Chris Keulemans

"Don't worry too much about reciprocity."

Dutch writer Chris Keulemans confided in his opening lecture to the public some of his childhood experiences, being raised in Burkina Faso and Iraq. Maybe we shouldn't worry about reciprocity at all, he concluded, because you're never able to 'pay back' the intensity of staying in different environments. Instead of worrying about reciprocity, he suggested, you'd better cherish your experiences.


Pursuit of Reciprocity


Pursuit of Reciprocity

What was at stake at the Cairo Residency Symposium?

Reciprocity was the underlying key issue in nearly all lectures, debates, group sessions and discussions. The issue came up spontaneously. The organizers of the symposium - Townhouse Gallery at Cairo and the Netherlands Foundation for Visual Arts, Design and Architecture (Fonds BKVB) - wisely didn't push forward any central theme. They aimed to provide an open forum to discuss the state of affairs in the residency sector on the intersection of the Middle East between Africa and Europe.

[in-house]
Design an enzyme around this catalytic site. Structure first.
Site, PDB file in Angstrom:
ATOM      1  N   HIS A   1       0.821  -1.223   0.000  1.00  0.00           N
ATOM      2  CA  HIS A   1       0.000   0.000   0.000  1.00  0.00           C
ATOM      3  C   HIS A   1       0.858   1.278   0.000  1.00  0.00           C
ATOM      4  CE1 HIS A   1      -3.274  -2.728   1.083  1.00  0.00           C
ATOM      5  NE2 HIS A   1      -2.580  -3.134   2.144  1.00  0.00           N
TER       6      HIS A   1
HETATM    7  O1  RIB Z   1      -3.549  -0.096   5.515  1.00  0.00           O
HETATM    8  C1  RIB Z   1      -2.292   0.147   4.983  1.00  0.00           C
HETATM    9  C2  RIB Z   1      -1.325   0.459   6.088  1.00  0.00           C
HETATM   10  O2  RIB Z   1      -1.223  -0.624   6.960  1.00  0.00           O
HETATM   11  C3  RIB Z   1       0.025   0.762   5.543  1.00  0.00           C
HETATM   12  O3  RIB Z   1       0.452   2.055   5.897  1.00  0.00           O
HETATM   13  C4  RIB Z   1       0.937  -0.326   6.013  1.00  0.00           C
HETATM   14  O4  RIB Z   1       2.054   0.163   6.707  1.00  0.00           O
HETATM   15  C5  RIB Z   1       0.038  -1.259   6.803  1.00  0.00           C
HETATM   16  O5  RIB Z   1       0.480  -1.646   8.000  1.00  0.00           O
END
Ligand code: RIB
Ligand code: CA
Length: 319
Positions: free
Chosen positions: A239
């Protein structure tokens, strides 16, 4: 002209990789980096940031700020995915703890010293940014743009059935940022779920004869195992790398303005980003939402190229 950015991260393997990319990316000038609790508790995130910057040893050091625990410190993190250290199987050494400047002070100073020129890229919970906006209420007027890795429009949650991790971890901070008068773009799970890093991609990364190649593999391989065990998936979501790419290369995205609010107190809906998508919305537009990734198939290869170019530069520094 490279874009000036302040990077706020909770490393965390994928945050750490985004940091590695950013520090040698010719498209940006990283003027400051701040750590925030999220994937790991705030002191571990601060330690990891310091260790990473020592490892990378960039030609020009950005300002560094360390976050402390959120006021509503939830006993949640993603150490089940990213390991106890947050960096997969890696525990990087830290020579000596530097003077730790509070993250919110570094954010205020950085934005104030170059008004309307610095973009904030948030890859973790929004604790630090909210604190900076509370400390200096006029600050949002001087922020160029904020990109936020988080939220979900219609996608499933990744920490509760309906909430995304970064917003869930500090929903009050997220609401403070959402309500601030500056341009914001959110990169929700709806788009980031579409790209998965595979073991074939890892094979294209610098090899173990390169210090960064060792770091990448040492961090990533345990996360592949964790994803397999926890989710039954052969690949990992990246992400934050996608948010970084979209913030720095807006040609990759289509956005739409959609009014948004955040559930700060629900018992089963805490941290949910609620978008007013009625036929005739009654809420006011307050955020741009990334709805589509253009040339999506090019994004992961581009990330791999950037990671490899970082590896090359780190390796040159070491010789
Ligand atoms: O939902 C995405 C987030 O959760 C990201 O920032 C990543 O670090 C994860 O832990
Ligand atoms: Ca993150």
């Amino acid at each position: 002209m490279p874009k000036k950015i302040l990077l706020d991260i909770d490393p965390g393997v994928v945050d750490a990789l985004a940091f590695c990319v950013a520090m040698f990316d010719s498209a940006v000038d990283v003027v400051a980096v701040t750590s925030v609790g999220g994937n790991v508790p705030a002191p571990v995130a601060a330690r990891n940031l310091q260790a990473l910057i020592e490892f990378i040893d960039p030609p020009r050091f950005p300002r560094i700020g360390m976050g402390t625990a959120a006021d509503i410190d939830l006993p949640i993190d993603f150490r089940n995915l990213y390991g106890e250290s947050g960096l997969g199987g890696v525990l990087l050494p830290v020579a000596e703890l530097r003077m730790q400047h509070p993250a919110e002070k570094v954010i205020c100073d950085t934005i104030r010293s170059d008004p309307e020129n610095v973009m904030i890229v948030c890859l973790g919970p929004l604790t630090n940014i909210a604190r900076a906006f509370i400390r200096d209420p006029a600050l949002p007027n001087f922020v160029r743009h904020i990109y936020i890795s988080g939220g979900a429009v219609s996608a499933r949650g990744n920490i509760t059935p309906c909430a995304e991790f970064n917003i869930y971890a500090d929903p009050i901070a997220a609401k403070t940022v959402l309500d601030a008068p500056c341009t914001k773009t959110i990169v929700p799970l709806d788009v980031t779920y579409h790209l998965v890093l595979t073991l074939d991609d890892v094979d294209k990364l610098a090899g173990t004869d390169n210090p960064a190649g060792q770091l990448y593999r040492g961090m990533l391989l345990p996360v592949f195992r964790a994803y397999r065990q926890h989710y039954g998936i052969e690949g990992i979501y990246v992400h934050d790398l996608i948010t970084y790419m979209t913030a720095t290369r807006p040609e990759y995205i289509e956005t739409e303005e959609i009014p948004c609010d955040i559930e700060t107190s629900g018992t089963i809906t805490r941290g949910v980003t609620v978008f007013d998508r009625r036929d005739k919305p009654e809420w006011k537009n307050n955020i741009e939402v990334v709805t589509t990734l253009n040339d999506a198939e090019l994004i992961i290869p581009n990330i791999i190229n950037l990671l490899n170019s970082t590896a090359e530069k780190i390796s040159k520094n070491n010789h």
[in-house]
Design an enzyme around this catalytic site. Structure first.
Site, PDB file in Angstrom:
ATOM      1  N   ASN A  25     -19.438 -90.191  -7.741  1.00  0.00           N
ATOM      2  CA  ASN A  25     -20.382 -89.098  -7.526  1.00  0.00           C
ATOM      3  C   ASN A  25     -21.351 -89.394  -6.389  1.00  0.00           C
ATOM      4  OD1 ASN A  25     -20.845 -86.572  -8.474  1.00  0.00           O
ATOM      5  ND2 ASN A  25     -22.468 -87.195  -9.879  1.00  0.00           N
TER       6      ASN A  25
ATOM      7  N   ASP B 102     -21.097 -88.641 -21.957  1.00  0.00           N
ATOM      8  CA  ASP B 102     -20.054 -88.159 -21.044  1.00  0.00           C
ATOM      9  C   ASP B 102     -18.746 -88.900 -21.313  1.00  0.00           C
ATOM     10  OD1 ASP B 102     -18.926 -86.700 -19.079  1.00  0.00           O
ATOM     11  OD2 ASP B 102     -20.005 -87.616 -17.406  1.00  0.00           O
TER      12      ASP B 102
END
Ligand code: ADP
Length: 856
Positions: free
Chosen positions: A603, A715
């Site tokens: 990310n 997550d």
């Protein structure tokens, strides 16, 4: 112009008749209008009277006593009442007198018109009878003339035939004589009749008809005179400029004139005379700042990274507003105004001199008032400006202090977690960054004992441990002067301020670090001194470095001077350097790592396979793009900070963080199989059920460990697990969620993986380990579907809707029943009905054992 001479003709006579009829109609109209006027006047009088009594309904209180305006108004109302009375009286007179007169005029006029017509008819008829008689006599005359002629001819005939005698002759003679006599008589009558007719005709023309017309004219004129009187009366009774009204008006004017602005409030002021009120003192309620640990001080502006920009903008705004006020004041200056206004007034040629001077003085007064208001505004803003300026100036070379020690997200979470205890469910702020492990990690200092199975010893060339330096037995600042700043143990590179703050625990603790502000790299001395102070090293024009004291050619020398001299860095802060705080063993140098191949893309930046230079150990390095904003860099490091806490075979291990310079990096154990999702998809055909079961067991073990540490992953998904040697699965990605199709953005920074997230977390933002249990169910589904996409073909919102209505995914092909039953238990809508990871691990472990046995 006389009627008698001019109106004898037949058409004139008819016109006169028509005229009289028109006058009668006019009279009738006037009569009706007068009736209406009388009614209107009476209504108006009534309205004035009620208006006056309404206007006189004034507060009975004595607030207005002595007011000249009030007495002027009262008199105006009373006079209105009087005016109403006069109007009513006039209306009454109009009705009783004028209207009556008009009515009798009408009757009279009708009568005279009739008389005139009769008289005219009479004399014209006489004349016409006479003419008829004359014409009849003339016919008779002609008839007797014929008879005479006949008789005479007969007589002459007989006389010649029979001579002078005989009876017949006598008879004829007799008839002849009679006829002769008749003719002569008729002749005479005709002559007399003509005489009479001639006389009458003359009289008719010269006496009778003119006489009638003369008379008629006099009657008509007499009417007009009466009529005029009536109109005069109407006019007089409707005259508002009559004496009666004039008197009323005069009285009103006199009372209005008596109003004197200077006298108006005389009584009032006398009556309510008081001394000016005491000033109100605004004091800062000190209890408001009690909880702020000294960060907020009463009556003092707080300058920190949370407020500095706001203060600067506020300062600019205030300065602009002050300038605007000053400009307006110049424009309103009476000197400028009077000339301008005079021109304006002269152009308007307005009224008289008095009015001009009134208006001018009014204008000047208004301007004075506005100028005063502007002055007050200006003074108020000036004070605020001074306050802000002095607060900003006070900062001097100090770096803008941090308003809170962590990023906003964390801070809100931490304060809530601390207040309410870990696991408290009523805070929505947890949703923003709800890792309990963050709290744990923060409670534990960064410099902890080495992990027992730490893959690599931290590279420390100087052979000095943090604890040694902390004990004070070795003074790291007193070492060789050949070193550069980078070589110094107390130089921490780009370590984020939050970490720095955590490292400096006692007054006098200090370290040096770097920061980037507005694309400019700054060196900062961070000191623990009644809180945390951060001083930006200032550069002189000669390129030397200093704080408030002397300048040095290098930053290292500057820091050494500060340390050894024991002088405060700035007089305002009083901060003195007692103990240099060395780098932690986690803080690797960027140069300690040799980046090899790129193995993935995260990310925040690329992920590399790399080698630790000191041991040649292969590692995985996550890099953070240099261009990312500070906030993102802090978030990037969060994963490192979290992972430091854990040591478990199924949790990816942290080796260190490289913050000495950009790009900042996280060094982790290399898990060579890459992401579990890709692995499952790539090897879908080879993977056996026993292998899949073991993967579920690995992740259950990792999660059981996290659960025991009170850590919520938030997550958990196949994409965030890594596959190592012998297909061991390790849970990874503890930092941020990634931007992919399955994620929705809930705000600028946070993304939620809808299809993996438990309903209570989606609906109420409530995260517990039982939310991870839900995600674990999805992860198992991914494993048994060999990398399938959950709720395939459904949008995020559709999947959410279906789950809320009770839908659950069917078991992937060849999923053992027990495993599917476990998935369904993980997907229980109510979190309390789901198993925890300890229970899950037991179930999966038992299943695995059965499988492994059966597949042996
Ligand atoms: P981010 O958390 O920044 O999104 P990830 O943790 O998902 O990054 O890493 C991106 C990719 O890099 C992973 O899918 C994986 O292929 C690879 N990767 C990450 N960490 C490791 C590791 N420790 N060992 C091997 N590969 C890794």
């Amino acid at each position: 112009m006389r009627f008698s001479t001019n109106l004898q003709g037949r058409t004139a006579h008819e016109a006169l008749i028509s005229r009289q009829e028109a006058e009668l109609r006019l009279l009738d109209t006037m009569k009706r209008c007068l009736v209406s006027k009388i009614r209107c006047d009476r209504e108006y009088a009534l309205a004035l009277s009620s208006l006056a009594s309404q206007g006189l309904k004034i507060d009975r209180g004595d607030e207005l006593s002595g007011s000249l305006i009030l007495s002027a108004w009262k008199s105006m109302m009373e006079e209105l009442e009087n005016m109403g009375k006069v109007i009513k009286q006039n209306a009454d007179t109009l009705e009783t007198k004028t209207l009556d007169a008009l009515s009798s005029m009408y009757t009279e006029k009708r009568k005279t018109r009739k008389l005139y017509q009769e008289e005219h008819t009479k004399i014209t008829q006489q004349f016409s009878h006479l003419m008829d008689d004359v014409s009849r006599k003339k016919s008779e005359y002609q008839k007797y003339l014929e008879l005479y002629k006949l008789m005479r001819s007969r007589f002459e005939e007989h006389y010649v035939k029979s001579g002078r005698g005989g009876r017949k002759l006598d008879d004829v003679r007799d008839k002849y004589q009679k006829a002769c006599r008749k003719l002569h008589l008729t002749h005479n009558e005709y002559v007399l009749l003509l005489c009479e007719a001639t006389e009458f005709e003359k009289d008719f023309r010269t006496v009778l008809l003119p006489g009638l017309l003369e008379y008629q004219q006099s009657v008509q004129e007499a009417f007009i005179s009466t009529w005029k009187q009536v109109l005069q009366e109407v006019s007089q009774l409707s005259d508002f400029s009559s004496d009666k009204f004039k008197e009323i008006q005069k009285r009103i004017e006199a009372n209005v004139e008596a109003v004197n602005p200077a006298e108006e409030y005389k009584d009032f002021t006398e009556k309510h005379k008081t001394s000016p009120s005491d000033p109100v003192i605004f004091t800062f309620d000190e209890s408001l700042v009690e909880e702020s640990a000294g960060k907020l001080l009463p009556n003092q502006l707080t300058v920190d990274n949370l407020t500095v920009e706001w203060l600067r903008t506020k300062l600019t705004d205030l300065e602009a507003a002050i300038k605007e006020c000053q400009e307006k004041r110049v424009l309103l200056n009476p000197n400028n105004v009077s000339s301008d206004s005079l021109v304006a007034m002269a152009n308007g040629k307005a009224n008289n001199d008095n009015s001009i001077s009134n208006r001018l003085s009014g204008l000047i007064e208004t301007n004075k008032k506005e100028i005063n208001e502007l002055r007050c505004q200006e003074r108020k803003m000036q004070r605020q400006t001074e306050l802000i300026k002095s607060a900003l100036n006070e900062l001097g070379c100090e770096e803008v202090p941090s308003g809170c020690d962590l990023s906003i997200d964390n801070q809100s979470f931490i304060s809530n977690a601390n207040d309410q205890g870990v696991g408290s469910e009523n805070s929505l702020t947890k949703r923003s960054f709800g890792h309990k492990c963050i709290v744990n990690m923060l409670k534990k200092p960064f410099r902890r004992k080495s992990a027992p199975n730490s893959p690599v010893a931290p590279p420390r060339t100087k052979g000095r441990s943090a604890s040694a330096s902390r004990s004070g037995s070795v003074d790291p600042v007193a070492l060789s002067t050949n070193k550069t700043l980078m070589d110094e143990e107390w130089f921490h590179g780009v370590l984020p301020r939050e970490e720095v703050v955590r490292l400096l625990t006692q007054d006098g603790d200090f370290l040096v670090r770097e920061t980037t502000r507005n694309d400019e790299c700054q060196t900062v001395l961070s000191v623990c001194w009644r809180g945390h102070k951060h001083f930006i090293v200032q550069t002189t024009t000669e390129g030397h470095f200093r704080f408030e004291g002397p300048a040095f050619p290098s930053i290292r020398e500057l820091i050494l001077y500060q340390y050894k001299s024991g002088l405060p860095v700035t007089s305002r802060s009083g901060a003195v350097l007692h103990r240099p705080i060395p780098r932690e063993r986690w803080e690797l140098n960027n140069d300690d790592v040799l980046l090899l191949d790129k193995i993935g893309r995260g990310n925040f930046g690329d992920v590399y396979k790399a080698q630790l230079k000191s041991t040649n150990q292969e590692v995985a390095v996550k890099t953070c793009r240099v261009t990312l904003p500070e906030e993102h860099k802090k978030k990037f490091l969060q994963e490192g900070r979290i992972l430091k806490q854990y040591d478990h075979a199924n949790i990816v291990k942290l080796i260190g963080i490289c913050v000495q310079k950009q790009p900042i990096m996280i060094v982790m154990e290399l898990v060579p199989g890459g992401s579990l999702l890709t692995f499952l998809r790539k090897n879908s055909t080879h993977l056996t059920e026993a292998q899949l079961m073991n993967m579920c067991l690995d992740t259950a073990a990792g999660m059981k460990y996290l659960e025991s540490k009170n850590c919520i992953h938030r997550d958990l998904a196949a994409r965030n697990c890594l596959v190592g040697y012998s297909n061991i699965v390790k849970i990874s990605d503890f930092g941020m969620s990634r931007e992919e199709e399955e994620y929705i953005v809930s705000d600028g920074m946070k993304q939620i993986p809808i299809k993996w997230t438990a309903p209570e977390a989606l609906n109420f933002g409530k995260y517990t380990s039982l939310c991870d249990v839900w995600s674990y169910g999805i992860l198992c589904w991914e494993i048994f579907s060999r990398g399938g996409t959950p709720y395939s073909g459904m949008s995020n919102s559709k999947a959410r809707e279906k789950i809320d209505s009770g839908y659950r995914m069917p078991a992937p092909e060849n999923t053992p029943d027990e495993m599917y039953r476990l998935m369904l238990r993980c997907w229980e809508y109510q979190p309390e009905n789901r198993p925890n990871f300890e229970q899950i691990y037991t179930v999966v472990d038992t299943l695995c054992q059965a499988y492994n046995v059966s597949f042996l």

Goddy Leye (Art Bakery residence, Douala Cameroon) & Marilyn Bell, Doual'art residence, Douala, Cameroon

Reciprocity can easily turn into a slogan, covering up differences and limiting its meaning to an exchange of the same. During the symposium however there was a true pursuit of reciprocity, trying to acknowledge differences in relations. Honest relations between different parties (host - guest - funding organization - non-governmental bodies), between different scenes (local art scene - global art scene - local communities - art infrastructure), and between different functions and uses (autonomy, education, politics morality). Reciprocity should value these differences.

Ali Mroivili, artistic director of The kARThala Arts Center at the Comoros Islands

The search for reciprocity certainly was triggered by the presence of so many Middle Eastern and African initiators of residency programs and workshops. Their participation brought about a refreshing change of perspective: they stimulated a far from neutral thinking about the meaning of artist-in-residence programmes. The enormous diversity of opinions was held together by this willingness to think through what reciprocity means and how hosts, guests and funding organizations might fill it in.

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